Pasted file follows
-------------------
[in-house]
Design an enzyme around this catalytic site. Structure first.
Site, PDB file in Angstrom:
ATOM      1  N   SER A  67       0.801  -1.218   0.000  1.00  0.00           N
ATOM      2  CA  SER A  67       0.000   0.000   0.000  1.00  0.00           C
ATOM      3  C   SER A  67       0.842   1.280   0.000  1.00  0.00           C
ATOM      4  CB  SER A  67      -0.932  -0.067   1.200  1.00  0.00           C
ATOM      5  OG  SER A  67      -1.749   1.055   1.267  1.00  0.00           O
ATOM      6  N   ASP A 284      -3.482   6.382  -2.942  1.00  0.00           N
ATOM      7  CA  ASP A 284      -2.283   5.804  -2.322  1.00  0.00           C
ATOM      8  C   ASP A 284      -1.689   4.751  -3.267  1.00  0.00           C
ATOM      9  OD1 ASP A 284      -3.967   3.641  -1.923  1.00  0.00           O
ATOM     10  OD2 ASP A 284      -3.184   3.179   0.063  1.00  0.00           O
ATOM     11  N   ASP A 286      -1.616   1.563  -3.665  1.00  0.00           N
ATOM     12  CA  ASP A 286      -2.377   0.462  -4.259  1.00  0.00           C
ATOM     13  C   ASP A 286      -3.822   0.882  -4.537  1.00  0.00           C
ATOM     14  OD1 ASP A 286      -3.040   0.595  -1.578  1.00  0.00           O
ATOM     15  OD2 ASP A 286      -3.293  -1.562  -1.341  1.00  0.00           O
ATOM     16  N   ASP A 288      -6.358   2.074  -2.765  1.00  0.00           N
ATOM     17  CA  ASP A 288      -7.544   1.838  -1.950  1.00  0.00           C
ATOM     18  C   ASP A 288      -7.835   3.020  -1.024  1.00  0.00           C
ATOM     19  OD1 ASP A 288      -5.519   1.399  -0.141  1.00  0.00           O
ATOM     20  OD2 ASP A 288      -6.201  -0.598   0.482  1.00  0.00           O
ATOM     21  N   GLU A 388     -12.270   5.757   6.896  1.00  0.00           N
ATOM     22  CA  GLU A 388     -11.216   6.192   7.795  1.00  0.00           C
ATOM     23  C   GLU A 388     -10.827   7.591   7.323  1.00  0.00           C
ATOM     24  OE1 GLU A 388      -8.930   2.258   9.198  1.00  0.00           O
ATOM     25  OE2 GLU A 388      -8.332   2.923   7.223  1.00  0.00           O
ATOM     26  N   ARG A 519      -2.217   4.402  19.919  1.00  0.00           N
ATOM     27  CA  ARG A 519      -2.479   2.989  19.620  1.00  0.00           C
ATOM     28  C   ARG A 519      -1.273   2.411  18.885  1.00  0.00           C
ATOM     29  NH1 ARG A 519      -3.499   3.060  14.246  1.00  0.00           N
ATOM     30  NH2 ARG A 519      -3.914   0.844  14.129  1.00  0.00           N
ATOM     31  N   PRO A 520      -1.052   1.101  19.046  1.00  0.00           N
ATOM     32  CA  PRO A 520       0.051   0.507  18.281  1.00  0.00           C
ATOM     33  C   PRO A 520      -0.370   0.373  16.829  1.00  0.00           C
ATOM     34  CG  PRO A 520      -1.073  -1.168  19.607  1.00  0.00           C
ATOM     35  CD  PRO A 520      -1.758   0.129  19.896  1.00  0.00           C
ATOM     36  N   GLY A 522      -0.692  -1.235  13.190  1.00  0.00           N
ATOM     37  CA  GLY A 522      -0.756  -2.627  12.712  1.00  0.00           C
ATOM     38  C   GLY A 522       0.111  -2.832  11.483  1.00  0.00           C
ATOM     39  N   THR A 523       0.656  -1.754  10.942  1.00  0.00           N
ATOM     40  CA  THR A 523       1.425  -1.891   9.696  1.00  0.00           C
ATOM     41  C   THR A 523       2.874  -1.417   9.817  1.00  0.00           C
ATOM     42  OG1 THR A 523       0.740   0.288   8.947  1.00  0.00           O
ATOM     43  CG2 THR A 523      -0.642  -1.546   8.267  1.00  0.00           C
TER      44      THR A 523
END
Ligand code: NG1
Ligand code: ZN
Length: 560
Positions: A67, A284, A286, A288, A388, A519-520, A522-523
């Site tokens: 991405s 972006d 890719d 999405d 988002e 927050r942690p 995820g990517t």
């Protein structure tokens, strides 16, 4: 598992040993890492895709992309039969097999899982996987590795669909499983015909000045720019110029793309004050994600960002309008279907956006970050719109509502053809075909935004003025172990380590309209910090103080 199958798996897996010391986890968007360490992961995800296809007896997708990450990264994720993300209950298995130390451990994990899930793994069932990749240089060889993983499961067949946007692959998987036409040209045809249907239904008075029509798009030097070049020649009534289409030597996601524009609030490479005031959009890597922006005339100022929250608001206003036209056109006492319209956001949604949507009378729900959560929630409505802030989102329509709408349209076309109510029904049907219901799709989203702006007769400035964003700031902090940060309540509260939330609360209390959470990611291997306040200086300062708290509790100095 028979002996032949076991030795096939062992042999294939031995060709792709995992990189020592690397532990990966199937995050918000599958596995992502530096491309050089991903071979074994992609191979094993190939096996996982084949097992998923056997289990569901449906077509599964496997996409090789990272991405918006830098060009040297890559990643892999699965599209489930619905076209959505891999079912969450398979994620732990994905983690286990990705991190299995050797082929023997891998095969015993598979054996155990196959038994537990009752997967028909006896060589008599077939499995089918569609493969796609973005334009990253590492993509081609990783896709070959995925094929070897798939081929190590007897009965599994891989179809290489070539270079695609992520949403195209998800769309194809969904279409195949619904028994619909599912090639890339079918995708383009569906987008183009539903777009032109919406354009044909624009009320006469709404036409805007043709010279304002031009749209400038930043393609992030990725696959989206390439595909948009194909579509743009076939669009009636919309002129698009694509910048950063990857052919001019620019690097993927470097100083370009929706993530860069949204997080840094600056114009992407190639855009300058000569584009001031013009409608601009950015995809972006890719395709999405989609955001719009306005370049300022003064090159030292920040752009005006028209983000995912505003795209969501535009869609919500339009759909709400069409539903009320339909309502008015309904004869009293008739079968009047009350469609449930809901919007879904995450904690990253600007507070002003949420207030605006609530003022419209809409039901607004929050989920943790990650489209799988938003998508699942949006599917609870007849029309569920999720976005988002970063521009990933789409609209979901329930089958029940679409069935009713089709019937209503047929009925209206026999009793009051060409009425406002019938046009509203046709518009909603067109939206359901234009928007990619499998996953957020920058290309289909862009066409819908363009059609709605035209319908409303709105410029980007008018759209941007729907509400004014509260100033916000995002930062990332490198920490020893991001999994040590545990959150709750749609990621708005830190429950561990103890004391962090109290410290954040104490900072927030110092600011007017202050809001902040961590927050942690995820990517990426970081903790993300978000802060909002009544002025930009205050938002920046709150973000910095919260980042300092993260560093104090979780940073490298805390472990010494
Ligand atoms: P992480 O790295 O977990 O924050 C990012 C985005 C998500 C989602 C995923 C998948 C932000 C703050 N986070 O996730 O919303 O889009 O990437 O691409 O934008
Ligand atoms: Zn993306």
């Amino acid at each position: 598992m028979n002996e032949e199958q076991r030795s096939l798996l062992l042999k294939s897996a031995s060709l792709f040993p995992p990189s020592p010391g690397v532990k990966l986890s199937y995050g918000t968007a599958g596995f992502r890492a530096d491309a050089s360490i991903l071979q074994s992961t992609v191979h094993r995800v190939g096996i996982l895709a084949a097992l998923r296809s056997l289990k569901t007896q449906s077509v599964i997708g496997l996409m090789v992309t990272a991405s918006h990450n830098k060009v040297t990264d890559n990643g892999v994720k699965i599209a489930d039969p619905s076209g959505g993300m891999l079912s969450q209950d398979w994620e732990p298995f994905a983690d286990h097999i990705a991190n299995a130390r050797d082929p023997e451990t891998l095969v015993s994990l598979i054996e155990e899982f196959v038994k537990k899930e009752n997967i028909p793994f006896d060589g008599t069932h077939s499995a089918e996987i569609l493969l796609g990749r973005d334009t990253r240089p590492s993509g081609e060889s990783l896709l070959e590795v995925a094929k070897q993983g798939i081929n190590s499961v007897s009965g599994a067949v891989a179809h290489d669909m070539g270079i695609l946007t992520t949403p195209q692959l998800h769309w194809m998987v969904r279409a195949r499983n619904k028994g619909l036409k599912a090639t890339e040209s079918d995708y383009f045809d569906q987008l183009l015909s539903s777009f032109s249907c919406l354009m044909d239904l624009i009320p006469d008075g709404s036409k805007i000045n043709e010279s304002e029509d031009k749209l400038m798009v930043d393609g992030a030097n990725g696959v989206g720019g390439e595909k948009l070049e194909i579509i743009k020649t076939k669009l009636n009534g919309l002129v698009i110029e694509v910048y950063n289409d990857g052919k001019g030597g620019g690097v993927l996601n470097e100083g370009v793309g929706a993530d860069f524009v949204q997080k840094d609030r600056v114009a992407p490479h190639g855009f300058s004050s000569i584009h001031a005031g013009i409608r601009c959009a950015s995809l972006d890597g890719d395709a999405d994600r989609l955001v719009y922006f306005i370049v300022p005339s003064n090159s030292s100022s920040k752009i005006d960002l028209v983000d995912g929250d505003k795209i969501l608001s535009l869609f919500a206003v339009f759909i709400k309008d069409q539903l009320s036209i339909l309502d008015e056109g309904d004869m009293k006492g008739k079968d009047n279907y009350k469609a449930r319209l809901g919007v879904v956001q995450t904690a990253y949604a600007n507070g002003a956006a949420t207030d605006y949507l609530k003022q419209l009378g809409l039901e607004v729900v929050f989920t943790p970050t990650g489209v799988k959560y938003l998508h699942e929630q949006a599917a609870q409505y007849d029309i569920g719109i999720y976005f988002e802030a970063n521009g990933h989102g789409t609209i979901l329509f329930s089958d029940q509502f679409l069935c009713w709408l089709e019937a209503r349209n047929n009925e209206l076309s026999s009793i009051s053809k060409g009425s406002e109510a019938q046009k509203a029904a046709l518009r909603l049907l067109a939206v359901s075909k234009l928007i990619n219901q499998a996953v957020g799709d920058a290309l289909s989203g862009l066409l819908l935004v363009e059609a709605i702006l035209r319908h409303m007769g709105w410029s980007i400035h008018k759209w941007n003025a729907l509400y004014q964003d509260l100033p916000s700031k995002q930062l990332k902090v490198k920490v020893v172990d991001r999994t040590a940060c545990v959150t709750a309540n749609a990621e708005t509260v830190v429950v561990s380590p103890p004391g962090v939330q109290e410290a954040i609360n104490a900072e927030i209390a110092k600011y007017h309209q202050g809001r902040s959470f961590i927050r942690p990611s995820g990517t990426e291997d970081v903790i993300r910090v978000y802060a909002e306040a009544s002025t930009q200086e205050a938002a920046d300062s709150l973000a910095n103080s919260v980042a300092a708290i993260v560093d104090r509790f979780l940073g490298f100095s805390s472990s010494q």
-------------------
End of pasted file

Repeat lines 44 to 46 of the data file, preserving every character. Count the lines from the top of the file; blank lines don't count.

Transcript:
ATOM     41  C   THR A 523       2.874  -1.417   9.817  1.00  0.00           C
ATOM     42  OG1 THR A 523       0.740   0.288   8.947  1.00  0.00           O
ATOM     43  CG2 THR A 523      -0.642  -1.546   8.267  1.00  0.00           C